The confusion comes because we need to look at two different aspects of exercise – what is happening during exercise and how the body responds after exercise during recovery from exercise.    The way to look at this is that exercise is a stimulus and stressor designed to produce an adaptive response from the body.   In fact the cardinal rule of exercise physiology is the S.A.I.D. principle which is Specific Adaptation to Imposed Demand.    Simply put exercise = demand and the body adapts to the type of demand/exercise specifically.        So long distance runners look very different from powerlifters because the imposed demand of long distance running is very different than that of powerlifting.

So if we start with the end in mind we have to define the end goal and then understand how different types of exercise demand create different short and long term adaptive responses in the body.       So let’s take a look at the difference in how the body responds to steady aerobic exercise demands (such as running or cycling at a steady pace) versus resistance training such as lifting a weight to muscular fatigue for all the major muscle groups of the body.

In aerobic exercise we are placing relatively low demands on many muscles in the body for a long period of time.     During exercise this allows the body to use more fat as a fuel compared to glucose/sugar.     In fact the higher the intensity of exercise the less fat you can use for fuel as a percentage of total calories being used.    Conversely the lower the intensity of exercise the more fat you can use as a percentage of total calories used.  On the surface it would seem that if you want to get rid of fat the key is aerobic exercise, but remember there are two parts to exercise:   the response during exercise and the adaptive response after exercise.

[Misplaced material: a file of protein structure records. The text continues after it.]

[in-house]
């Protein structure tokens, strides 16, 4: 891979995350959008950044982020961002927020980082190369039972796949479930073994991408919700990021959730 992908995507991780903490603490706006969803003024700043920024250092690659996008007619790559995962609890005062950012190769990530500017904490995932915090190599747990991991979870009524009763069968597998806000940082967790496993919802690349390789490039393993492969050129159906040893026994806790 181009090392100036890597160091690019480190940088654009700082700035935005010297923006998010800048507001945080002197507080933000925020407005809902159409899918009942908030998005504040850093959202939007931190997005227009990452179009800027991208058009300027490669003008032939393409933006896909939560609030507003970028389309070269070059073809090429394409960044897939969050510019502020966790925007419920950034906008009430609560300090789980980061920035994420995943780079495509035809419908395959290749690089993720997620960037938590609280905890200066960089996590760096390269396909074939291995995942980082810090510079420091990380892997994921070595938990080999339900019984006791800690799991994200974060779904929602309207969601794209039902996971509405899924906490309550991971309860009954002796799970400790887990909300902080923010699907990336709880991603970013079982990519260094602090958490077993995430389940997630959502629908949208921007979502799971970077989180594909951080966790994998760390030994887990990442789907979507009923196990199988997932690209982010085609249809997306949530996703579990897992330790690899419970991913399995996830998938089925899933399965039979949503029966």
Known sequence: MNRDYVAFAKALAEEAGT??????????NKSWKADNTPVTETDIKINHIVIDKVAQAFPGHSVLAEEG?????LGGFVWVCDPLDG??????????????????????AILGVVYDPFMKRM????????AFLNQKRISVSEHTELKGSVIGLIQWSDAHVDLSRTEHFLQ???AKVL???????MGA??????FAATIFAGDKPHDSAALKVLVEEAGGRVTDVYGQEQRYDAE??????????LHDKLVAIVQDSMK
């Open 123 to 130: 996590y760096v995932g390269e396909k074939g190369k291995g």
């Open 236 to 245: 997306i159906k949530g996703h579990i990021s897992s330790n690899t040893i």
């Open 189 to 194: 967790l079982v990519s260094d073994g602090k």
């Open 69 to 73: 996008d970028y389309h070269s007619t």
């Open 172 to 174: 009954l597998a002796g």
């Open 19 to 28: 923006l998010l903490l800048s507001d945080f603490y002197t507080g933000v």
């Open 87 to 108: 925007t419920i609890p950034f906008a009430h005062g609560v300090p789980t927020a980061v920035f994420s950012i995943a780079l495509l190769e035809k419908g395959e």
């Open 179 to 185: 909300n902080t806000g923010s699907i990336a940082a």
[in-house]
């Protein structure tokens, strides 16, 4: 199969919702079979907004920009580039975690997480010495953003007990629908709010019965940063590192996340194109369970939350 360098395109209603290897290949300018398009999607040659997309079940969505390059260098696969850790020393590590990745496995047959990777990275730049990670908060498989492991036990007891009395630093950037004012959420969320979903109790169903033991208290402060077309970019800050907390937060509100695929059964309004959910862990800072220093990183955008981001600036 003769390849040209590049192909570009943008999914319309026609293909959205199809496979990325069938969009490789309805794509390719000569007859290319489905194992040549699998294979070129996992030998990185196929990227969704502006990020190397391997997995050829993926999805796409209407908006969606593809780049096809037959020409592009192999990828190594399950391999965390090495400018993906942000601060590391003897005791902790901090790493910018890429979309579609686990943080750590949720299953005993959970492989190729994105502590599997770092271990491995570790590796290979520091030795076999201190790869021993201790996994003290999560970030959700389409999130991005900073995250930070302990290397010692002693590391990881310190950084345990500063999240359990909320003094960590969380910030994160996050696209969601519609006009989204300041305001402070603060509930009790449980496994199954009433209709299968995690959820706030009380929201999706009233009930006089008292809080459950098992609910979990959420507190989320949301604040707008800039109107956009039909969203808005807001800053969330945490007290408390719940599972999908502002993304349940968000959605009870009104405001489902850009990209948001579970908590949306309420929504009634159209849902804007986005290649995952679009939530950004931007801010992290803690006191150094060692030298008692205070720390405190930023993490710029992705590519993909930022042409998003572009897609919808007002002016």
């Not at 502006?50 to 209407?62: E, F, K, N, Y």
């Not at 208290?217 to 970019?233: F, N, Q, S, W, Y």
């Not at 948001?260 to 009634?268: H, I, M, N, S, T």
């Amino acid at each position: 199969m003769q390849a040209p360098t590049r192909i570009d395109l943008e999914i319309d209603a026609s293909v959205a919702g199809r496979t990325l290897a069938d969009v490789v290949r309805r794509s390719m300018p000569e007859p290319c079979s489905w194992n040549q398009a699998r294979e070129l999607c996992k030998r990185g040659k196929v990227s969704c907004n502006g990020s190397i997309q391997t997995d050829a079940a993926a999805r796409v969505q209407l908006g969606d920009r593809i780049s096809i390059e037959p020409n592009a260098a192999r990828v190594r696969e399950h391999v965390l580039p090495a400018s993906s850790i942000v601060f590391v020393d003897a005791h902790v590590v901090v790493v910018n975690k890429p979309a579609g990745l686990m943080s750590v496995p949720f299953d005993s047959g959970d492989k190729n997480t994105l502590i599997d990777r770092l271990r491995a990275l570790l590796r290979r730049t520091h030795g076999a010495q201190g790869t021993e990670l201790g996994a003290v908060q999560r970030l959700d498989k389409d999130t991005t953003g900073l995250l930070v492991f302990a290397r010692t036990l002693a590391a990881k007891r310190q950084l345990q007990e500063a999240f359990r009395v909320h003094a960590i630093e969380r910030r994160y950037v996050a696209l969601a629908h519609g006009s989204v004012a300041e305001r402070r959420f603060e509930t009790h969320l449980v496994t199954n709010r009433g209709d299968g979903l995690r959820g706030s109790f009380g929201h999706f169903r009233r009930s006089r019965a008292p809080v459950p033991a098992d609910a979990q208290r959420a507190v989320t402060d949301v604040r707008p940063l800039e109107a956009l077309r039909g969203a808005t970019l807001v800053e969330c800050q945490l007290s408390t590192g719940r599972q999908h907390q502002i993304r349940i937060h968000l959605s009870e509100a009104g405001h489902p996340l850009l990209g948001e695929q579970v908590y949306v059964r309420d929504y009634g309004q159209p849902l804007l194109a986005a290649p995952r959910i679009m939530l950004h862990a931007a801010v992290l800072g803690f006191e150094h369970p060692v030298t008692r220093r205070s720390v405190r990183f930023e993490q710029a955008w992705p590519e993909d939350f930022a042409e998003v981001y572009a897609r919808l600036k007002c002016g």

In addition, at the end of the day fat is like the body’s energy savings account while glucose/sugar is the checking account and they are linked  accounts.      When you overdraw from the sugar account/checking account you pull energy from fat account automatically (the savings account).    So at the end of the day just like two bank accounts it is all about the total dollars/energy you pull out and put in during a given time period and where the energy comes from during exercise is NOT the key factor.   So you can do a higher intensity exercise which uses no fat whatsoever but uses more total energy/calories and end up with more fat loss than exercise at a lower intensity which uses 100% fat for fuel during exercise.